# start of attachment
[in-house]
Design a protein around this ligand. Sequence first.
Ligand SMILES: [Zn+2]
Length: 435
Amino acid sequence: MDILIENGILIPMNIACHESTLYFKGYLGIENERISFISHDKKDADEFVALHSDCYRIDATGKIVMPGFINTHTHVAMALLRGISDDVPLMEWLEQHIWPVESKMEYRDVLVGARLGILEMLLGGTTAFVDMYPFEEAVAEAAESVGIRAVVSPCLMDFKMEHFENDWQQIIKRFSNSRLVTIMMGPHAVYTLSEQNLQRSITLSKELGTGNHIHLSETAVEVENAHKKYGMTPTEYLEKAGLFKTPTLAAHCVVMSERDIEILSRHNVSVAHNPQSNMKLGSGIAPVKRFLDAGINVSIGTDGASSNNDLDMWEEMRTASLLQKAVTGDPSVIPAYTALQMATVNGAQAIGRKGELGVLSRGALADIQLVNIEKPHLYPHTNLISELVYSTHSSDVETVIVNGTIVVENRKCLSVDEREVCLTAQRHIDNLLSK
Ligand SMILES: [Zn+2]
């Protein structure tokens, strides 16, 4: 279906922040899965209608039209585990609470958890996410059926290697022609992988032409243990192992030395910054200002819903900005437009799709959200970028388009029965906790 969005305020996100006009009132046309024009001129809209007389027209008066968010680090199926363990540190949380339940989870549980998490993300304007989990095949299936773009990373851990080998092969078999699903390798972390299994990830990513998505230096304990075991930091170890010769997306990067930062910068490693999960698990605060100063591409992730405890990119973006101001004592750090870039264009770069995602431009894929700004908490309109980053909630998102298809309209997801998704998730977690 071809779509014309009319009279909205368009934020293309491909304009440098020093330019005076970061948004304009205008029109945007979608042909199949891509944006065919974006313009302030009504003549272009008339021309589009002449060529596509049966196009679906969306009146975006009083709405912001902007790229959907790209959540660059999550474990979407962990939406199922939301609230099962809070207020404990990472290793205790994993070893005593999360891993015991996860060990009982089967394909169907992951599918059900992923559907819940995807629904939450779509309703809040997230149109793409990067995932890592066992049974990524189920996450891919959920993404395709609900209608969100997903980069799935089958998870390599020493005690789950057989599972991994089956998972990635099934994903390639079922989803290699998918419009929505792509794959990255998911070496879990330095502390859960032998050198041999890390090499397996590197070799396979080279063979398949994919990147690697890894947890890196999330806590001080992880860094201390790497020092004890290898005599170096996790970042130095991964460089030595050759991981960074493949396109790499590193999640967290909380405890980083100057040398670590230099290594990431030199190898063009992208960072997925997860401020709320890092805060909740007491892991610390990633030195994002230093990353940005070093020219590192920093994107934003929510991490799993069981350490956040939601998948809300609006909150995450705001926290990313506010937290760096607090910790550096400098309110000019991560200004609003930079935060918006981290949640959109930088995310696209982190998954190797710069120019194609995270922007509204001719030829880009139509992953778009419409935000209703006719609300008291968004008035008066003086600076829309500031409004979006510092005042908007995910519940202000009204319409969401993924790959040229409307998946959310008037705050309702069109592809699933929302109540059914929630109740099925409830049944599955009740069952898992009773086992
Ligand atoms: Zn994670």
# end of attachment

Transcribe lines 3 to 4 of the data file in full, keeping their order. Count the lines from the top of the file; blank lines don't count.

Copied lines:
Ligand SMILES: [Zn+2]
Length: 435